Lessons: Age doesn’t equal wisdom. Learning from mistakes and the failures of others can benefit you more than you realize.

You may find that the bookstore lady is a book herself, full of knowledge you can tap into. She’s actually a retired business executive, filling time. She knows how to incorporate businesses, develop marketing plans, and lead strategic planning.

Lessons: Often what we see is just the surface. Take time to realize the full abilities of the people around you.

See these people are anything but ordinary. Everyone has something extraordinary that can change you. A different perspective, a unique experience, a gift. We’re all ordinary people, but we are all extraordinary in our own way.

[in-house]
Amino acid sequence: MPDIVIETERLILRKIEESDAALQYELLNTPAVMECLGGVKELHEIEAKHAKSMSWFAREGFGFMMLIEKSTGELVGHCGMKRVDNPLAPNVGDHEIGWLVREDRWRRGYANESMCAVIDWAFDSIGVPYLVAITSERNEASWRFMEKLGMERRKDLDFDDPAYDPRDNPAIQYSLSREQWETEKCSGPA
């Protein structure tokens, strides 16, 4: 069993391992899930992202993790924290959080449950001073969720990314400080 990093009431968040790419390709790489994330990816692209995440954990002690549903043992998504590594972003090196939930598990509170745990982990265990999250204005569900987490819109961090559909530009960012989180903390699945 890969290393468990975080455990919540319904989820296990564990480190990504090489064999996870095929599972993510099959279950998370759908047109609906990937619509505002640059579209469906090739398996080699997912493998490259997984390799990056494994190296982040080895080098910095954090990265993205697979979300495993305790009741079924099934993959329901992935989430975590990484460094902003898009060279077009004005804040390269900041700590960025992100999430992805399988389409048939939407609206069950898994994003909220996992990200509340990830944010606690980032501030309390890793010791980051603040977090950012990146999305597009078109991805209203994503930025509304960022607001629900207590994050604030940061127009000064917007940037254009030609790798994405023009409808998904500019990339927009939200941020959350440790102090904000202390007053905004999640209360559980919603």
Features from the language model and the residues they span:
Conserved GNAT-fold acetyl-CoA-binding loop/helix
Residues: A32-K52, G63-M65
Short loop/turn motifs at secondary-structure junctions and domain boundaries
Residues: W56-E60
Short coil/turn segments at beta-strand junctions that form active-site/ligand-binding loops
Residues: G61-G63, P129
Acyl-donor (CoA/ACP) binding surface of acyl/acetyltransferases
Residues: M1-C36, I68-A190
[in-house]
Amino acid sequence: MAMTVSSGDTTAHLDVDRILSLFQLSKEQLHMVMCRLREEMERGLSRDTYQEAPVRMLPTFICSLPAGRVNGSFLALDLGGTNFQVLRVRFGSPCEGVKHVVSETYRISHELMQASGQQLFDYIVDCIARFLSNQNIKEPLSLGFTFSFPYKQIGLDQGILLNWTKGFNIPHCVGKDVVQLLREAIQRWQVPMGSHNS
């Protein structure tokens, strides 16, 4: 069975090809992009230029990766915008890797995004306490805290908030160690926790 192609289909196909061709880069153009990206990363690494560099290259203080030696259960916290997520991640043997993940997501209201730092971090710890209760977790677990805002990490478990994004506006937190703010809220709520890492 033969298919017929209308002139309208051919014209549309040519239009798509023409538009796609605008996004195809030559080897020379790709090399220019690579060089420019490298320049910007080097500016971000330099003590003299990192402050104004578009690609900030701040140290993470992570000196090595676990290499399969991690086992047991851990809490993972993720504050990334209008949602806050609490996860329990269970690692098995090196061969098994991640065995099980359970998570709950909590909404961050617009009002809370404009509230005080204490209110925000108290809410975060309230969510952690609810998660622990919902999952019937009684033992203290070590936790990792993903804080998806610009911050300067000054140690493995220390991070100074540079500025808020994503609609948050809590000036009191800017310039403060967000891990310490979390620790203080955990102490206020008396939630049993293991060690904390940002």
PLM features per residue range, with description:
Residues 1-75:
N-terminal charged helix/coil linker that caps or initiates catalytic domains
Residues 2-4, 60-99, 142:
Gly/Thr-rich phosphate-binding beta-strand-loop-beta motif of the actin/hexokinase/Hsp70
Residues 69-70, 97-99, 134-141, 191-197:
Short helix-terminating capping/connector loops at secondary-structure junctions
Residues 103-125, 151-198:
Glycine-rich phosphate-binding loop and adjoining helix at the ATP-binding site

Question: What lessons have you learned from “ordinary” people and “everyday” events? You can leave a comment by clicking here.

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  • http://www.thedailyretort.com/ TorConstantino

    Skip, this is a fantastic post! It reminds me of my first job as a news reporter. My boss (the news director) told me, “There is something interesting about everybody – it’s the reporter’s job to find out what that interesting thing is.” Great reminder!

    • http://www.skipprichard.com/ Skip Prichard

       That explains why you are so good at finding it–lots of practice. Thanks, Tor.

  • Danraymoore